By Alfred Hermida
Technology editor, BBC News website in Los Angeles
The new PlayStation 3 (PS3) will hit Japanese stores on 11 November, with the US and Europe following less than a week later, Sony has announced.
The console will come in two versions starting at $499 in the US and 499 euros (£341) in Europe.
Sony announced the prices on the eve of the E3 games expo in Los Angeles.
The PS3 is the successor to the best-selling PlayStation 2 and will compete with Microsoft's Xbox 360 and Nintendo's Wii.
The machines make up the next wave of video gaming. The Xbox 360 is already available, while the Wii is due out later this year.
The three console makers are competing for the hearts and minds of gamers in an industry worth more than $25bn (£13bn) annually.
Sony currently dominates in the home, having sold more than 100 million PlayStation 2s, so it has much riding on the new console.
It had originally planned to launch the system in the spring, but was forced to delay due to issues with its new Blu-ray DVD drive.
"We are not about cutting corners to rush a product to market," said the head of Sony game unit in the US, Kaz Hirai, at the company's pre-E3 news conference.
The new controller has a tilt sensor
"The next generation doesn't start until we say it does. Today the PlayStation 3 is real."
Gamers have been eagerly waiting to hear more about the system and its price in order to decide whether to wait for the PS3 or shell out on an Xbox 360 now.
The PS3 sports a new processor called Cell which promises significant computing prowess, online connectivity and high definition graphics.
Japanese gamers will be the first to get their hands on the PS3 on 11 November. The console will arrive in the US and Europe on 17 November.
Sony also revealed the price of the console, which comes in two models.
The system with a 20GB hard drive will cost $499 in the US, while a model with a 60GB drive will cost $599. European pricing is 499 and 599 euros respectively.
Final pricing in the UK has not been set, but the top model would probably retail at about £425, said Ray MacGuire, of Sony UK.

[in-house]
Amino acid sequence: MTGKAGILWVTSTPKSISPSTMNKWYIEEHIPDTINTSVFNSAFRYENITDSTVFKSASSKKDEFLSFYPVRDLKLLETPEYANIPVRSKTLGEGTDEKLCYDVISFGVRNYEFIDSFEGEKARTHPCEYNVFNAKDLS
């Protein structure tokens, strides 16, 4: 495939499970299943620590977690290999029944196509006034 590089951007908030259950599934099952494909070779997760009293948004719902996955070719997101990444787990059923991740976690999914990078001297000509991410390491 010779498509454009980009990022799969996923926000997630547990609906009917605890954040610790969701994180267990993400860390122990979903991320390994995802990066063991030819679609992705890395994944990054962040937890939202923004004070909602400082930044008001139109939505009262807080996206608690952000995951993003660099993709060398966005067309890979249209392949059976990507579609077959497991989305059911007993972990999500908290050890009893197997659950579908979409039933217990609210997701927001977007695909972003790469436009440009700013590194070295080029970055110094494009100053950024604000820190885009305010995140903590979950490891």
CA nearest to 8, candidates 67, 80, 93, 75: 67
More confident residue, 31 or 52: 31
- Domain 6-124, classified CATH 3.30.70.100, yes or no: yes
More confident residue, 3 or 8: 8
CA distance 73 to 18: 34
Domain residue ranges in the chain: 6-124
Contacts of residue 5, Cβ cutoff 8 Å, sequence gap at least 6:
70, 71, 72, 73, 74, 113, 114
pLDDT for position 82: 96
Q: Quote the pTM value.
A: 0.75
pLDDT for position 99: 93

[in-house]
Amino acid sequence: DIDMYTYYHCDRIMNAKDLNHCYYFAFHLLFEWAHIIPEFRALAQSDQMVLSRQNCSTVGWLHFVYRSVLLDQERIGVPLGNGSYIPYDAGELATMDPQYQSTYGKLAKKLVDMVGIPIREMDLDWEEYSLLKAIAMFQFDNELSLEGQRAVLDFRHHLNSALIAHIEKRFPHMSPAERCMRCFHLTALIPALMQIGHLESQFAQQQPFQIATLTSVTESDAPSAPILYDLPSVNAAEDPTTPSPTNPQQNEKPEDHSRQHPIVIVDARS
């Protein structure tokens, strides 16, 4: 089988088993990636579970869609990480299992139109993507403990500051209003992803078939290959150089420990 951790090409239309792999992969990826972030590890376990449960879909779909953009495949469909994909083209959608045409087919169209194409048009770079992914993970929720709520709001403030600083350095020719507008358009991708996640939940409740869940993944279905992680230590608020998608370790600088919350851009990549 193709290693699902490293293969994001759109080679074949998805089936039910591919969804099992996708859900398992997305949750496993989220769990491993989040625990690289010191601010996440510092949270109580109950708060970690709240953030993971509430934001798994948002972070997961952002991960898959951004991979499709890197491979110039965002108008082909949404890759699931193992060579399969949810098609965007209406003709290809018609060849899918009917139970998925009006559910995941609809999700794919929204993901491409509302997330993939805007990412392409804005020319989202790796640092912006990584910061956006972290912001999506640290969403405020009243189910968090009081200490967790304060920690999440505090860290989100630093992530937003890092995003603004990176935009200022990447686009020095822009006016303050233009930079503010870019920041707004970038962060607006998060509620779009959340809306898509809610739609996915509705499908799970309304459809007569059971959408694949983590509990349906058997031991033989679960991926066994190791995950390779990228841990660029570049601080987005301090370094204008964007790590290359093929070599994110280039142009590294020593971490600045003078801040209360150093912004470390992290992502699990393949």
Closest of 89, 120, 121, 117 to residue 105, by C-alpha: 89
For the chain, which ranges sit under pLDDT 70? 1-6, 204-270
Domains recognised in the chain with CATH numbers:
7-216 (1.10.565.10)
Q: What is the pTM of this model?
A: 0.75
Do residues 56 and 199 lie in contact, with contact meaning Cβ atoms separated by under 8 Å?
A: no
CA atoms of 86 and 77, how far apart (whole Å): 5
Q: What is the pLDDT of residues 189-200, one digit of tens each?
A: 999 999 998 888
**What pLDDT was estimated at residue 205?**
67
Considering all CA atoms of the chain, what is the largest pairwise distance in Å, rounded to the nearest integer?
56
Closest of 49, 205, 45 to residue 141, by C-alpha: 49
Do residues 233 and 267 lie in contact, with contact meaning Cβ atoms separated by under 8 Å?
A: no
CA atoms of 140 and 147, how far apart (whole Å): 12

"It depends on the exchange rate between ourselves and the Yen, and the exchange rate between ourselves and the euro as well. Sometimes it will go up, sometimes it will go down," he told the BBC.
"We'll have a look closer to the day. If I can make some savings, then of course I'd be well versed to do that because obviously I'd sell more of them."
The two models have very different specs. As well as different hard drives, the cheaper machine will not have in-built wireless or an HDMI (High-Definition Multimedia Interface) connector necessary for hooking the machine up to a High Definition TV or monitor.
However, both systems will come with a new controller. Sony has abandoned last year's boomerang-shaped prototype and reverted to a design similar to the current model for the PlayStation 2.
One key difference is the inclusion of a motion sensor in the wireless Bluetooth controller.
In a demonstration, a virtual duck was made to jump out of the water by moving the controller upwards.
Sony is following in the footsteps of Nintendo, which has opted for a one-handed motion sensitive controller for its Wii console.
In order to satisfy gamers wanting a PS3 for Christmas, Sony said it planned to have two million units available at launch worldwide, with a further two million by the end of the year.
When Microsoft launched its Xbox 360 last November, many gamers were left frustrated by supply shortages.
The software giant has since ramped up production and has sold more than three million units, giving it a valuable head start.
Sony will also face competition from Nintendo's new machine, expected out later this year.
In the game
The exact list of games available for the PS3 at launch is still unclear. At its E3 news conference, Sony showed off playable demos of a number of titles.
These included a ninja fighting title called Heavenly Sword, an intense first-person shooter called Resistance: Fall of Man and an interactive monster card game called Eye of Judgement.
Game enthusiasts will get a chance to try out the games on the show floor once E3 opens its doors on Wednesday.
The expo is the annual showcase for the games industry, with more than 400 companies from 90 countries taking part.